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King Street's New Research Triangle Exec Talks Challenging Boston's Biotech Dominance

Like so many life sciences markets across the nation, Research Triangle Park in North Carolina has struggled with surplus space, increasing vacancy and a sense that recent boom years have entered a slowdown.

But Sara McTyeire, the recently hired executive director for the Triangle for Boston-based King Street Properties, remains bullish based on her industry experience and the observation that talent and investment will continue to flow south from the Boston area.

The Research Triangle is poised for additional real estate growth, King Street’s Sara McTyeire says.

She isn't alone: Boston’s hometown newspaper identified the massive biomanufacturing plant King Street has under development in RTP, Pathway Triangle, as part of a growing “threat” that more such facilities would be built outside of Massachusetts.

“It’s not as doom and gloom down here as some of the other markets that I think, frankly, are historically used to exponential growth and a sub-5% vacancy rate,” she told Bisnow. “We're seeing activity.”

A longtime Research Triangle resident, McTyeire held a position at GSK as director of real estate and asset management, overseeing the Big Pharma firm’s 7M SF portfolio. Before that, McTyeire worked for JLL in the Raleigh-Durham region.

She joins King Street as the firm has 1M SF in development in the region, a big addition to its existing 650K SF portfolio. Like King Street and other Boston-area developers that have started work in the Triangle lately, McTyeire sees a shift taking place despite market uncertainty. 

The following is lightly edited for style and clarity.

Bisnow: What are some of the big drivers and trends in the market that made you interested in pursuing life sciences development in this area again? 

McTyeire: I think that Raleigh is truly very well positioned for exponential growth. And a lot of that's just due to the quality of living, the labor and the research institutions and technical colleges we have, especially in life sciences and biomanufacturing. For companies and industries that may not be able to break into either a tighter or more expensive market, I personally think this is an incredibly exciting place to be in the industry, which is one of the reasons that I came over to King Street. 

Bisnow: Where do you see room for expansion and new development in the Triangle?

McTyeire: We obviously really liked the Morrisville area. We currently have 650K SF of ownership over there. We're developing another million. We like that area quite a bit. But we're seeing it push out a lot. I mean, the likes of Holly Springs, there's plenty of opportunities around there we continue to look at. It's also not confined to the park any longer. I mean, people are really opportunistic. Outside of the Triangle, in these other suburban areas, they're growing like gangbusters.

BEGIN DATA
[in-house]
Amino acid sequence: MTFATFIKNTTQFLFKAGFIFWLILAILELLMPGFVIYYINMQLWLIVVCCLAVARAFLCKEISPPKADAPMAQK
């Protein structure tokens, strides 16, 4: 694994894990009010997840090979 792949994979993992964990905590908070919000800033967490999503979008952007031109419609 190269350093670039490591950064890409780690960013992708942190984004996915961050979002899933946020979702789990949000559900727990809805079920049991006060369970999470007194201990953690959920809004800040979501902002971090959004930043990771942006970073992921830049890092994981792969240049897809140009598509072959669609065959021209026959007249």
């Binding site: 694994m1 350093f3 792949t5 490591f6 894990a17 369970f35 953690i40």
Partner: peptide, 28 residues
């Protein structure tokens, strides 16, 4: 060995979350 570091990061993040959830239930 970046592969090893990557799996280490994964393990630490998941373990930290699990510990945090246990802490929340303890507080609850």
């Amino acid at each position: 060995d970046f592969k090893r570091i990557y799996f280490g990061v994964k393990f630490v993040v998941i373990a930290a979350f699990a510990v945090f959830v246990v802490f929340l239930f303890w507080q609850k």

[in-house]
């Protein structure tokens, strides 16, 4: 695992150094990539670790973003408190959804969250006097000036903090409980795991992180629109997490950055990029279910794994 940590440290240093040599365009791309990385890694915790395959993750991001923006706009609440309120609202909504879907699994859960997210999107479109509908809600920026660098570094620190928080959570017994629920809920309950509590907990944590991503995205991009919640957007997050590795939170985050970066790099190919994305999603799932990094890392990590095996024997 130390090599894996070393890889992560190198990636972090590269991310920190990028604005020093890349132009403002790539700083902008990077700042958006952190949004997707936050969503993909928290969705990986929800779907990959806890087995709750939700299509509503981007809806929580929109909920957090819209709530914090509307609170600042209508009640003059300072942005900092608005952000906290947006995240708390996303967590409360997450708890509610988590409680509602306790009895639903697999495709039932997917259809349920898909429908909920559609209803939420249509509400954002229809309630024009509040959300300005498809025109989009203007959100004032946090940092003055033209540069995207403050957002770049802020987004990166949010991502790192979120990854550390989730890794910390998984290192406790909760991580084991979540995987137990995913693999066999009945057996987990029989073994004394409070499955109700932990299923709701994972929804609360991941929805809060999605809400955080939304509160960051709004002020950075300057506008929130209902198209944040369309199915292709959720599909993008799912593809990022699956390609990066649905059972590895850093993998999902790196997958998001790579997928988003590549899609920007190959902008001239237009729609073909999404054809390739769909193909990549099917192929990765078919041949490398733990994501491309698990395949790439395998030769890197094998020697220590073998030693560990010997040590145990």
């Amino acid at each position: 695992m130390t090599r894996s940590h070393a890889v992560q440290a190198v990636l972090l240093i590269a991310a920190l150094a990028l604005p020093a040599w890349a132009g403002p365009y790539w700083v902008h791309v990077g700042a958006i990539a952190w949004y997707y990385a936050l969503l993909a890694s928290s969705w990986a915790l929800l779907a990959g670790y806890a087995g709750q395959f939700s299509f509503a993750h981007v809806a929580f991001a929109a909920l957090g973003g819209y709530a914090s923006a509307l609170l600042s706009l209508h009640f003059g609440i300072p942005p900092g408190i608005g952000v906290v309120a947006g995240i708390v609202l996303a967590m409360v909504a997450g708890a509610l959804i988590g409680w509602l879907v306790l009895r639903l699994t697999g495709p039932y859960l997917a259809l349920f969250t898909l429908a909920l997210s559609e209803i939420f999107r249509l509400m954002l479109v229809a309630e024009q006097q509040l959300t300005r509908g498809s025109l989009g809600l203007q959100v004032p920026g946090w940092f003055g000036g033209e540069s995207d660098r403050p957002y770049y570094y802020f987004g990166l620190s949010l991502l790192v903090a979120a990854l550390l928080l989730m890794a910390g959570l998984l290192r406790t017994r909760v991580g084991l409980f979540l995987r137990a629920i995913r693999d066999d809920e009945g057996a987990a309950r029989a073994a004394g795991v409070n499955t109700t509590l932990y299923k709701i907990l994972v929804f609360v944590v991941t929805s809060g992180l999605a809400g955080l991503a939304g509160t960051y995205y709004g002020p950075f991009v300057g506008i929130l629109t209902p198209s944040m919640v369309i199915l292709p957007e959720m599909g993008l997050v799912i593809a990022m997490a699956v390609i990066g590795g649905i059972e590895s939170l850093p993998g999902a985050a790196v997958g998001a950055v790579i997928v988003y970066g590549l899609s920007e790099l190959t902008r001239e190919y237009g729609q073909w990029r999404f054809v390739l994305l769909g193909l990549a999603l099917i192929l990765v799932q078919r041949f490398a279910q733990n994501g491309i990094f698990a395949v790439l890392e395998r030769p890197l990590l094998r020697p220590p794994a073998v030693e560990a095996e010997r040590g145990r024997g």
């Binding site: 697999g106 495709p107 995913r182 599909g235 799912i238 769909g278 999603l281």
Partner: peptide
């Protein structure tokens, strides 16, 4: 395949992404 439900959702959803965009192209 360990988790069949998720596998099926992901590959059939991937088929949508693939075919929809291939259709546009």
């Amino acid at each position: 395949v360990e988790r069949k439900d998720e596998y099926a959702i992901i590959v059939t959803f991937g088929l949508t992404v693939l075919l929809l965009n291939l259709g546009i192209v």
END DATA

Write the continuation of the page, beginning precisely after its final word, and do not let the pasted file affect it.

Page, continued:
Bisnow: How do you see the North Carolina marketplace performing? Are we going to start seeing a lot more biomanufacturing break ground? Are we going to see a lot more lab and R&D space? Because it feels the Triangle has always been a bit behind when it comes to pure lab space.

McTyeire: If you look at the life span of some of these fit-outs and projects, a year or two is nothing, and I don’t think we’re necessarily going to see a quick pivot towards more R&D space. In terms of biomanufacturing, I think we are seeing some developers slow, given the supply that's currently out of the ground and/or ready for tenant fit-out. Honestly, that’s kind of nationwide.

But, you know, a couple of deals start popping, and all of that comes back. There’s plenty of ideas and thoughts in the pipeline. So I don’t think the Triangle is near any kind of peak. It’s just kind of a strange point in time. 

Bisnow: How would you sort of characterize biomanufacturing demand, especially coming from Big Pharma? There’s a ton of hype and talk about GLP-1 and just the incredible demand forecast for these drugs. What does that do both for biomanufacturing capacity and development, in general, but also specifically for the Triangle? 

McTyeire: I think the hype is real. Onshoring, obviously, has been a bit of the focal point for pandemic, having access to these critical assets stateside. The value of these investments from both the development side on spec and owner-occupier are eye-watering figures. Across the industry, we’re seeing this, and the Triangle is just honestly a perfect little hotbed for that opportunity to land.

Bisnow: There's all this talk of tons of M&A money in Big Pharma and the patent cliff. How do you see Big Pharma’s demands impacting the real estate market going forward?

McTyeire: I think M&A is clearly going to be at the forefront. And so, obviously, that lends itself more towards organic real estate growth. But I think you’ll see a lot of consolidations and looking to get people under one rooftop. I feel like M&A is going to continue to drive dots on the map for these kinds of companies. They are really looking at real estate much more dynamically, how you actually attract and retain the best talent.